for Researchers & Teams

How do I run an interactive job on the cluster?

SESYNC’s Slurm compute cluster allows users to run big memory- and processor-intensive jobs. Many users don’t know that you can access the memory and processing power of the cluster interactively, typing commands directly into the command line or into an R or Python session. This FAQ briefly describes how to start an interactive job on the Slurm cluster.

Starting an interactive job

First, you need to open a terminal window and connect to the SSH server. On Windows machines, if you want to use applications with a graphical interface (such as displaying R plots in real time), you will need to use a third-party client such as PuTTY or MobaXTerm. See this FAQ on accessing Linux resources for help on getting the client set up.

Log into the server by typing

ssh (your username goes here)

into the terminal prompt, and then entering your password when prompted.

Next, start an interactive job. This is done with the shell command salloc, which requests an allocation of one or more cluster nodes. A typical interactive job request could be as simple as:

salloc -n 1

where -n 1 means you are requesting one node. You can add other options such as --partition=sesyncshared or request specific amounts of memory or time. See the Slurm documentation page for salloc or the SESYNC cluster Quickstart page for more information — the available options for salloc are mostly the same as for sbatch.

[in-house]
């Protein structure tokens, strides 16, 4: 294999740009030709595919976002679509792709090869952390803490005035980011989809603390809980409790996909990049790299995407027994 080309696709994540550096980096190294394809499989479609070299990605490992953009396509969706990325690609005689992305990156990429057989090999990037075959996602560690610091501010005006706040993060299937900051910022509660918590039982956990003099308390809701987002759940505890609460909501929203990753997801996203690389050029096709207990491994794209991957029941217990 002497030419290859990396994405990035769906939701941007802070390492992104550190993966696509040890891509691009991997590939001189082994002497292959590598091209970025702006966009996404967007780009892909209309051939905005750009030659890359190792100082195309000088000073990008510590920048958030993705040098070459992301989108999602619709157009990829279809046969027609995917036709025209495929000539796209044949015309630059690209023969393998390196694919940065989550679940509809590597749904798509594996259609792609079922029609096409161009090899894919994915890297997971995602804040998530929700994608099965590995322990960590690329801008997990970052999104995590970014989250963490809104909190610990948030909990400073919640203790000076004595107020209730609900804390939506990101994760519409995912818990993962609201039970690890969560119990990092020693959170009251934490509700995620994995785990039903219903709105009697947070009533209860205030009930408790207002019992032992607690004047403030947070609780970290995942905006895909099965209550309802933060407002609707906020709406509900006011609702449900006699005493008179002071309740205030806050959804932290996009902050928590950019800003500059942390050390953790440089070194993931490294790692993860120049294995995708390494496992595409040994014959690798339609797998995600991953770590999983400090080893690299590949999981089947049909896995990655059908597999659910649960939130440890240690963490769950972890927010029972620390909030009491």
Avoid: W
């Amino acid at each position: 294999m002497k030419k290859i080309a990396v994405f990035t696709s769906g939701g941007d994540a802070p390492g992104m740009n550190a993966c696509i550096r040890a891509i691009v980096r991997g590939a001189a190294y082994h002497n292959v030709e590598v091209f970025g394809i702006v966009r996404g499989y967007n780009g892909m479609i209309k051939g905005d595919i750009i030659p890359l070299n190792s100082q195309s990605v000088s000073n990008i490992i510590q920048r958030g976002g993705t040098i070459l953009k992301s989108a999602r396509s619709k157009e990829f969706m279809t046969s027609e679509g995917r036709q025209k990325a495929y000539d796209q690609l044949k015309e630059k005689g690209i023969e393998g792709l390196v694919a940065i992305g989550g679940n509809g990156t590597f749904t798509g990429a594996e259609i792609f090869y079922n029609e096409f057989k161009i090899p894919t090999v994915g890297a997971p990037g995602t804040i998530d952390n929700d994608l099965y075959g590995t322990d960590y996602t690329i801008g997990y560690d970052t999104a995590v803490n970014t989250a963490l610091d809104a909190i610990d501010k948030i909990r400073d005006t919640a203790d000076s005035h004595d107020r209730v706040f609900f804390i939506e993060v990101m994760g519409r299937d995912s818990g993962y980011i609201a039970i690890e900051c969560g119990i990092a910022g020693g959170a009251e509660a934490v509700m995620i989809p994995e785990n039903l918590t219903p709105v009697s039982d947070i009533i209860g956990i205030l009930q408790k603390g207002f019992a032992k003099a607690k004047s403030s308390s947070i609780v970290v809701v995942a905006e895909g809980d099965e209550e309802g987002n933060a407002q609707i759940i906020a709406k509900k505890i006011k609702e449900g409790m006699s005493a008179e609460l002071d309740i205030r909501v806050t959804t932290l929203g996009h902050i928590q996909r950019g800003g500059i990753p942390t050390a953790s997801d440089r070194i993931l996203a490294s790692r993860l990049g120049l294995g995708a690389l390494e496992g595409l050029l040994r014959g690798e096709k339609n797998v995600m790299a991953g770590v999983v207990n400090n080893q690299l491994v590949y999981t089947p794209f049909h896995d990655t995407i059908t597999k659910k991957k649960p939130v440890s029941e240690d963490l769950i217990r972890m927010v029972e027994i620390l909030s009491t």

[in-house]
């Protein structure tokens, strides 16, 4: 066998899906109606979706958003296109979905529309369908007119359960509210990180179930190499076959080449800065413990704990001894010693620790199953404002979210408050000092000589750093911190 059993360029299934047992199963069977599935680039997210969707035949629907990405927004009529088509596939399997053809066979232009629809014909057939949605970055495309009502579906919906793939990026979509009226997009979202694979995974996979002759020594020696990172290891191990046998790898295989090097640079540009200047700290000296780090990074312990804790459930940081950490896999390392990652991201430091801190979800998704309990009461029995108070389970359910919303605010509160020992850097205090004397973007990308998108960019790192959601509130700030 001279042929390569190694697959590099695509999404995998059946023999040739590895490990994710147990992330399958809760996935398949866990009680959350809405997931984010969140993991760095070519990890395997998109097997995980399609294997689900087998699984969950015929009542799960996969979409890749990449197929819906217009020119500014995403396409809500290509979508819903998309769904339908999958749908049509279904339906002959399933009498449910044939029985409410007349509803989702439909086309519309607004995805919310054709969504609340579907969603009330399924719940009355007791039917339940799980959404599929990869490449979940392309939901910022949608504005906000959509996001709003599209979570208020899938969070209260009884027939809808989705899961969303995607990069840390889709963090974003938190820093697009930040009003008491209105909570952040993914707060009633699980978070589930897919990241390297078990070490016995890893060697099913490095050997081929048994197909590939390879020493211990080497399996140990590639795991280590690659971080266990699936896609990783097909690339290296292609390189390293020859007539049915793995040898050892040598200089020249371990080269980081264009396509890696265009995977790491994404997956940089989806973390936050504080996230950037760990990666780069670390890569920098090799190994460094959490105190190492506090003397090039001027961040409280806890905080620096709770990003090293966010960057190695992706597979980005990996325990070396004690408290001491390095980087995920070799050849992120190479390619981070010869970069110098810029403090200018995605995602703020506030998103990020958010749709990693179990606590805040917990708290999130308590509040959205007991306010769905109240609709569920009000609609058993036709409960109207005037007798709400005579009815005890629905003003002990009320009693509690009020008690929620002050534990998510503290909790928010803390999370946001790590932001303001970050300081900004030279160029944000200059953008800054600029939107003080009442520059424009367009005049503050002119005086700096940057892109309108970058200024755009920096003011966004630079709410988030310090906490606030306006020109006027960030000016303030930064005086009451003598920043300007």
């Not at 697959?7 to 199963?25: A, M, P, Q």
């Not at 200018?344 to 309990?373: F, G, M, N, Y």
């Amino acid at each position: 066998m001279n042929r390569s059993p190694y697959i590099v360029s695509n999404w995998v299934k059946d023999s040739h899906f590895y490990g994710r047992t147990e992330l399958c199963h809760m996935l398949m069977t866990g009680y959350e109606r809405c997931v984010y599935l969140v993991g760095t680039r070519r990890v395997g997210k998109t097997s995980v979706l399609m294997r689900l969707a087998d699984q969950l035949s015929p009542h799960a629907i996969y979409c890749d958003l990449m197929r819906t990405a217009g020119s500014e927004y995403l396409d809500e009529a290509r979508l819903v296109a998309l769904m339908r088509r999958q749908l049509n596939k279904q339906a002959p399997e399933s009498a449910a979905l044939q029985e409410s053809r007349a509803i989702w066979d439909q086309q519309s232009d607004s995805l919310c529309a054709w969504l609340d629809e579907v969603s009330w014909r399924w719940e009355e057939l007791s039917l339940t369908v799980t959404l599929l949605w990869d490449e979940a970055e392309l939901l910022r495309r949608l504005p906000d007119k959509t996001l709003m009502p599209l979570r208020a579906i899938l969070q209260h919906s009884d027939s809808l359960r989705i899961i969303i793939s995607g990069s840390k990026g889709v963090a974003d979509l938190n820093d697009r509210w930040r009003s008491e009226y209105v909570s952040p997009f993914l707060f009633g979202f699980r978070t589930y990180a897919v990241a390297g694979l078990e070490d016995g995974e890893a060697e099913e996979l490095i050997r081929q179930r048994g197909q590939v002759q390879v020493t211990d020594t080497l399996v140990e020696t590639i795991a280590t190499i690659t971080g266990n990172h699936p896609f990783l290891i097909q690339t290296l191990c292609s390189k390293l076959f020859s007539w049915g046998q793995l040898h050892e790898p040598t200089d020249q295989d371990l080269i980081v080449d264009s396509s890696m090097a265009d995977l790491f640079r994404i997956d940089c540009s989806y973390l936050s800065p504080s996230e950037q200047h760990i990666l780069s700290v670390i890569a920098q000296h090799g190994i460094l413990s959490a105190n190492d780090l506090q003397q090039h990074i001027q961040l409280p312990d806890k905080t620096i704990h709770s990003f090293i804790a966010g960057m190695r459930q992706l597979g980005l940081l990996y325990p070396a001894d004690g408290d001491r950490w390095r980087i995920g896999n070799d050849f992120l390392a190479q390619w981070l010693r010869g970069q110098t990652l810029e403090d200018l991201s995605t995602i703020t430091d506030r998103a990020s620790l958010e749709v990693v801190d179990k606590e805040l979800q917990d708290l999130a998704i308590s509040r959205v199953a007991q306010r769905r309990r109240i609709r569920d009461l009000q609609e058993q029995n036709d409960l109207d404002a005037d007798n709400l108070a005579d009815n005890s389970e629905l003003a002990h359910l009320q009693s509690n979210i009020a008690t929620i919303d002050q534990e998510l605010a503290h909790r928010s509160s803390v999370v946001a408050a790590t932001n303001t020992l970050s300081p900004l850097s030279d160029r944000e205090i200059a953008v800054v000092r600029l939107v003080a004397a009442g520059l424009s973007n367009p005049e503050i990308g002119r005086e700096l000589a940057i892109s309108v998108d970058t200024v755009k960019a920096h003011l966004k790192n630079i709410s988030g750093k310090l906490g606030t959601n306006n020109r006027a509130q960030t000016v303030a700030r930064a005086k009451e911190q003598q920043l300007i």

If the node(s) you requested are available you will get a message like

salloc: Granted job allocation 363010

and you will get another terminal prompt. Your interactive job is now running!

Running R from an interactive job

Now that your interactive job has started, you can do things like start an R session from the command line. This is as easy as typing R but it is often preferable to type

R --no-save --no-restore

That will ensure that your R workspace will not automatically save to your working directory and clutter things up in case your job terminates abruptly.

You can now run R code from the command line, including code that runs in parallel if you want. If you run code to draw and view a plot, the display will be forwarded from the remote machine to a window on your local machine. (This can be sluggish sometimes so it is often better to write the plot to a file and view it later.)

Quitting an interactive job

Once you are done with your job, quit R using q() (or quit whatever other application you are running). Then type


into the command prompt. You will see a message like

salloc: Relinquishing job allocation 363010

to indicate that the nodes you ran your job on are now freed up for other users.